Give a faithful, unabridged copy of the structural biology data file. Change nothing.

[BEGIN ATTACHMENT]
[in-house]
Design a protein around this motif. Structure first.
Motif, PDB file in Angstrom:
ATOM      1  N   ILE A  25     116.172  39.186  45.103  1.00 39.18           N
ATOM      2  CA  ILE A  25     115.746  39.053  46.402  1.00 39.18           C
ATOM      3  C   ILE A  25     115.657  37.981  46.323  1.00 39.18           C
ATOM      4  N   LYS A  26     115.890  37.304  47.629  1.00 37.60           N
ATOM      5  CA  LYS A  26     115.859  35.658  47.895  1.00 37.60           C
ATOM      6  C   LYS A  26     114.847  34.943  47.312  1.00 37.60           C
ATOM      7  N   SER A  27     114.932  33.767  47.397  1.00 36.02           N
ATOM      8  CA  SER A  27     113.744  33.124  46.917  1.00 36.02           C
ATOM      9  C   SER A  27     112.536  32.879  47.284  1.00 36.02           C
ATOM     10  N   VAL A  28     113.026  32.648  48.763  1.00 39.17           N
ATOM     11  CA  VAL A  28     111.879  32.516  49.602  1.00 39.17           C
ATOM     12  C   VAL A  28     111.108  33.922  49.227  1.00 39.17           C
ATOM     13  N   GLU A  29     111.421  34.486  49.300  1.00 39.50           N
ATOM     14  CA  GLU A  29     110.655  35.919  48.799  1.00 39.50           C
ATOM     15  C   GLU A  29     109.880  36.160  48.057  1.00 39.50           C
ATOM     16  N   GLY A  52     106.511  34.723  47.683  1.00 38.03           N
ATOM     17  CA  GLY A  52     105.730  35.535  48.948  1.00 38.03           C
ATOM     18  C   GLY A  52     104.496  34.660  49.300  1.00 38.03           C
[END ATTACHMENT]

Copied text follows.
[in-house]
Design a protein around this motif. Structure first.
Motif, PDB file in Angstrom:
ATOM      1  N   ILE A  25     116.172  39.186  45.103  1.00 39.18           N
ATOM      2  CA  ILE A  25     115.746  39.053  46.402  1.00 39.18           C
ATOM      3  C   ILE A  25     115.657  37.981  46.323  1.00 39.18           C
ATOM      4  N   LYS A  26     115.890  37.304  47.629  1.00 37.60           N
ATOM      5  CA  LYS A  26     115.859  35.658  47.895  1.00 37.60           C
ATOM      6  C   LYS A  26     114.847  34.943  47.312  1.00 37.60           C
ATOM      7  N   SER A  27     114.932  33.767  47.397  1.00 36.02           N
ATOM      8  CA  SER A  27     113.744  33.124  46.917  1.00 36.02           C
ATOM      9  C   SER A  27     112.536  32.879  47.284  1.00 36.02           C
ATOM     10  N   VAL A  28     113.026  32.648  48.763  1.00 39.17           N
ATOM     11  CA  VAL A  28     111.879  32.516  49.602  1.00 39.17           C
ATOM     12  C   VAL A  28     111.108  33.922  49.227  1.00 39.17           C
ATOM     13  N   GLU A  29     111.421  34.486  49.300  1.00 39.50           N
ATOM     14  CA  GLU A  29     110.655  35.919  48.799  1.00 39.50           C
ATOM     15  C   GLU A  29     109.880  36.160  48.057  1.00 39.50           C
ATOM     16  N   GLY A  52     106.511  34.723  47.683  1.00 38.03           N
ATOM     17  CA  GLY A  52     105.730  35.535  48.948  1.00 38.03           C
ATOM     18  C   GLY A  52     104.496  34.660  49.300  1.00 38.03           C